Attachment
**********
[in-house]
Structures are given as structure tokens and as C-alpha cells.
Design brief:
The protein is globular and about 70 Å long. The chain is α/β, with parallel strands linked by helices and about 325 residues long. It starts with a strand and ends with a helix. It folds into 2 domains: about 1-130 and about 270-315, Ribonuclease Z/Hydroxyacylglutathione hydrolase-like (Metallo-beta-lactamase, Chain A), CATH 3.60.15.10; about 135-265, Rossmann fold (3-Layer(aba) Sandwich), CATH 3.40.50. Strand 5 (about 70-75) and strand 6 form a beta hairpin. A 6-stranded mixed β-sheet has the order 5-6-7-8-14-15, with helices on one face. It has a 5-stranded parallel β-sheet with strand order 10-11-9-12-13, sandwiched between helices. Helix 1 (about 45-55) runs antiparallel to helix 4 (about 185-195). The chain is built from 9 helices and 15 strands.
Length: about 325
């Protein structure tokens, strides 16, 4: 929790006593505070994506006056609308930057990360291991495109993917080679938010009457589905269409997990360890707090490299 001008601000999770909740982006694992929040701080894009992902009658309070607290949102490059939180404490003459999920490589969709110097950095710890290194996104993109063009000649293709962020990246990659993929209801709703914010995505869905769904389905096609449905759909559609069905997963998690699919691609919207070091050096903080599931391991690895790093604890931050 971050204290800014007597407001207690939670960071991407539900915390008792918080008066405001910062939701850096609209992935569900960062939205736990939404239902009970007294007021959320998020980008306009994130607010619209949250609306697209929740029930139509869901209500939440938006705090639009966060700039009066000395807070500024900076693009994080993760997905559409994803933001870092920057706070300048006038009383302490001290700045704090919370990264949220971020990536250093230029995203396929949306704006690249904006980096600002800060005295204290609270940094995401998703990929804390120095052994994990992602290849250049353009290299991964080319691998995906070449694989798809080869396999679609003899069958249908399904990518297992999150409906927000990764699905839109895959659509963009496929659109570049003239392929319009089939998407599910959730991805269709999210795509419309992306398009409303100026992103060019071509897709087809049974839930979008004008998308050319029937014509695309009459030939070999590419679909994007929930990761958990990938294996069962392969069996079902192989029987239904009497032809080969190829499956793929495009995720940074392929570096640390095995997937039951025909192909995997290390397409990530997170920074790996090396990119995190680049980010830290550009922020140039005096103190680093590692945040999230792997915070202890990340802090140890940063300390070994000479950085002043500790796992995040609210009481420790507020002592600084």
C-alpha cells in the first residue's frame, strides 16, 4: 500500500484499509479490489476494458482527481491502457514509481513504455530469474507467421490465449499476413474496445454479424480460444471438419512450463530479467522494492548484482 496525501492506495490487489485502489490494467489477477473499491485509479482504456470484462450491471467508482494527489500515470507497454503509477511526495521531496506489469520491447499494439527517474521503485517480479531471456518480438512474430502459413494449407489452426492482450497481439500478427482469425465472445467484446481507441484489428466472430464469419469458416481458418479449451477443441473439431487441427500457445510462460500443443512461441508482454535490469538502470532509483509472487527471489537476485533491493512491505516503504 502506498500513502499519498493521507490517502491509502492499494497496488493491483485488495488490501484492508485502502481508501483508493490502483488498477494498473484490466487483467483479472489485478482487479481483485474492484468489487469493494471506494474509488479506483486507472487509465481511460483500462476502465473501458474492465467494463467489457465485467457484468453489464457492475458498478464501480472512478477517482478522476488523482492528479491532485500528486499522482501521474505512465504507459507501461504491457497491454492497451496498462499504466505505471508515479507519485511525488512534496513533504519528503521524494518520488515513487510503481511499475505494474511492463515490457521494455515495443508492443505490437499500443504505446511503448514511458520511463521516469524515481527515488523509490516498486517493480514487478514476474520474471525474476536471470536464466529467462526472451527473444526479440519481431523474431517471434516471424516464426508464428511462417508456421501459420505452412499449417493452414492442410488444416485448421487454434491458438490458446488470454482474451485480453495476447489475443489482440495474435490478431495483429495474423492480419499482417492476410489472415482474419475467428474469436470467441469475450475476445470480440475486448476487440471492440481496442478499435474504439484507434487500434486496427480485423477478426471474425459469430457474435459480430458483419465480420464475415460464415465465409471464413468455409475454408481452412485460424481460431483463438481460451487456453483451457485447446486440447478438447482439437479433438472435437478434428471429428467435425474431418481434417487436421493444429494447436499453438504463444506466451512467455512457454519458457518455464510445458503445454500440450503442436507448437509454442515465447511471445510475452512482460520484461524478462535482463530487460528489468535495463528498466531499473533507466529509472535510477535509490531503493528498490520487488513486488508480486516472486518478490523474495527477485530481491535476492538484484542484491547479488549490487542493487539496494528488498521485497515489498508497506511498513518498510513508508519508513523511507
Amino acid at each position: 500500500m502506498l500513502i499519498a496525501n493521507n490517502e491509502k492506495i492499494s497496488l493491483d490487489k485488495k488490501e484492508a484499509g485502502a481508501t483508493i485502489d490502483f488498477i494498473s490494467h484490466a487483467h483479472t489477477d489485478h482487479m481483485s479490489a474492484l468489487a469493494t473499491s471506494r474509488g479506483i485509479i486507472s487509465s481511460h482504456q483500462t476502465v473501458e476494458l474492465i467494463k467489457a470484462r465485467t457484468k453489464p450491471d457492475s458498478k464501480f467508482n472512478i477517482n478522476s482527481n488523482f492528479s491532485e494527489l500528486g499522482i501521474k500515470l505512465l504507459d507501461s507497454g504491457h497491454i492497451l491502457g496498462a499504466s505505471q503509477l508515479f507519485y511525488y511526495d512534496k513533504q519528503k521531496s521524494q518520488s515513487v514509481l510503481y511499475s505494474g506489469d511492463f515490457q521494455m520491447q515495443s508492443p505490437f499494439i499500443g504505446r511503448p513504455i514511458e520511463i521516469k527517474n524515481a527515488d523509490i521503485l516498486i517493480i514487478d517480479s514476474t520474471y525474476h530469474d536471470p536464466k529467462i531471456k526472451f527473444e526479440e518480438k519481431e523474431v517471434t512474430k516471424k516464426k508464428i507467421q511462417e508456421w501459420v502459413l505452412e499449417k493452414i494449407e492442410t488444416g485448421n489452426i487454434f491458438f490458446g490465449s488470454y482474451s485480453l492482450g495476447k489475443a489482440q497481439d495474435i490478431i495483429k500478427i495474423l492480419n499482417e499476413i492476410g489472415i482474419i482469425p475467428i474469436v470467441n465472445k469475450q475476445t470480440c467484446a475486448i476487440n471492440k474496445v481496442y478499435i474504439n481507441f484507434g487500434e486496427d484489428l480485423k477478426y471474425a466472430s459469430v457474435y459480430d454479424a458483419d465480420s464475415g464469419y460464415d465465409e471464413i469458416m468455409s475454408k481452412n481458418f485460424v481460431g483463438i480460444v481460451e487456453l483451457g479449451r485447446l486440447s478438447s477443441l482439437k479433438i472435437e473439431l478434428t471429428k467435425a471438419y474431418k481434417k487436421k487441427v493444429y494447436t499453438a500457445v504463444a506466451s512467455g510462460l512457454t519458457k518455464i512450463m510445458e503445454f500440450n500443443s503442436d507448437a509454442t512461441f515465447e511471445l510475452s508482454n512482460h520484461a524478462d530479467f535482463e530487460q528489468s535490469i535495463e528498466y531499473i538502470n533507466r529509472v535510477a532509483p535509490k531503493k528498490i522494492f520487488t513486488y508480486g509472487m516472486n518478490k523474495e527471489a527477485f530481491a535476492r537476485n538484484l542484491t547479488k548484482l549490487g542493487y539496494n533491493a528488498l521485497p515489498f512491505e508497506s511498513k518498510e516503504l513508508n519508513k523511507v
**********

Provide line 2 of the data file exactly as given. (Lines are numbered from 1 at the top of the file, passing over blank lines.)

Structures are given as structure tokens and as C-alpha cells.